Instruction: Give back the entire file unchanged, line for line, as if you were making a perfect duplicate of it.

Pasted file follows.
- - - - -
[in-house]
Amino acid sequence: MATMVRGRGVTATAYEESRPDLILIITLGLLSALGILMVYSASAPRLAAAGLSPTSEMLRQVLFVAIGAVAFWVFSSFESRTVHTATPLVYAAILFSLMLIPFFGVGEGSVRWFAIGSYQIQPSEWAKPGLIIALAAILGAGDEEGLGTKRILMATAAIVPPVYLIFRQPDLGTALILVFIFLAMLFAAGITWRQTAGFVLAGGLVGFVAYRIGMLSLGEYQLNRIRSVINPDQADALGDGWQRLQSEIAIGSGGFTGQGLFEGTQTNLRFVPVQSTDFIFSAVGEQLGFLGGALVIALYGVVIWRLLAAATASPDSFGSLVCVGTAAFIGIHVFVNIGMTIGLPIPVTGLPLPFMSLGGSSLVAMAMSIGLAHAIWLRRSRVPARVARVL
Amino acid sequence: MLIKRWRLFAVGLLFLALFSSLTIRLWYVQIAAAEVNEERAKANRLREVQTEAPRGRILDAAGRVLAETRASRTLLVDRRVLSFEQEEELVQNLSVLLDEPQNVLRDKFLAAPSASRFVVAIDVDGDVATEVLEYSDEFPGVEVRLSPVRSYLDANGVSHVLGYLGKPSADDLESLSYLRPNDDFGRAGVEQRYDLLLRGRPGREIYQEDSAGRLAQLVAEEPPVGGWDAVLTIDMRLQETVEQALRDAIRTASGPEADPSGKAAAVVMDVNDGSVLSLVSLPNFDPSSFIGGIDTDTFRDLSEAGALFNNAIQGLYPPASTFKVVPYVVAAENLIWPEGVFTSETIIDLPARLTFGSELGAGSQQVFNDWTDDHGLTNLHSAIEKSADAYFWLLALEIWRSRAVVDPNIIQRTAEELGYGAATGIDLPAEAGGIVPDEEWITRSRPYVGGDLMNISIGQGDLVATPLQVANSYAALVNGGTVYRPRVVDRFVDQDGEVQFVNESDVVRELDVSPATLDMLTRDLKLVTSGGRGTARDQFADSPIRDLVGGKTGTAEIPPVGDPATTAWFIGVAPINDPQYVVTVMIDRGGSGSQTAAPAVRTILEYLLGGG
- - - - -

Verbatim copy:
[in-house]
Amino acid sequence: MATMVRGRGVTATAYEESRPDLILIITLGLLSALGILMVYSASAPRLAAAGLSPTSEMLRQVLFVAIGAVAFWVFSSFESRTVHTATPLVYAAILFSLMLIPFFGVGEGSVRWFAIGSYQIQPSEWAKPGLIIALAAILGAGDEEGLGTKRILMATAAIVPPVYLIFRQPDLGTALILVFIFLAMLFAAGITWRQTAGFVLAGGLVGFVAYRIGMLSLGEYQLNRIRSVINPDQADALGDGWQRLQSEIAIGSGGFTGQGLFEGTQTNLRFVPVQSTDFIFSAVGEQLGFLGGALVIALYGVVIWRLLAAATASPDSFGSLVCVGTAAFIGIHVFVNIGMTIGLPIPVTGLPLPFMSLGGSSLVAMAMSIGLAHAIWLRRSRVPARVARVL
Amino acid sequence: MLIKRWRLFAVGLLFLALFSSLTIRLWYVQIAAAEVNEERAKANRLREVQTEAPRGRILDAAGRVLAETRASRTLLVDRRVLSFEQEEELVQNLSVLLDEPQNVLRDKFLAAPSASRFVVAIDVDGDVATEVLEYSDEFPGVEVRLSPVRSYLDANGVSHVLGYLGKPSADDLESLSYLRPNDDFGRAGVEQRYDLLLRGRPGREIYQEDSAGRLAQLVAEEPPVGGWDAVLTIDMRLQETVEQALRDAIRTASGPEADPSGKAAAVVMDVNDGSVLSLVSLPNFDPSSFIGGIDTDTFRDLSEAGALFNNAIQGLYPPASTFKVVPYVVAAENLIWPEGVFTSETIIDLPARLTFGSELGAGSQQVFNDWTDDHGLTNLHSAIEKSADAYFWLLALEIWRSRAVVDPNIIQRTAEELGYGAATGIDLPAEAGGIVPDEEWITRSRPYVGGDLMNISIGQGDLVATPLQVANSYAALVNGGTVYRPRVVDRFVDQDGEVQFVNESDVVRELDVSPATLDMLTRDLKLVTSGGRGTARDQFADSPIRDLVGGKTGTAEIPPVGDPATTAWFIGVAPINDPQYVVTVMIDRGGSGSQTAAPAVRTILEYLLGGG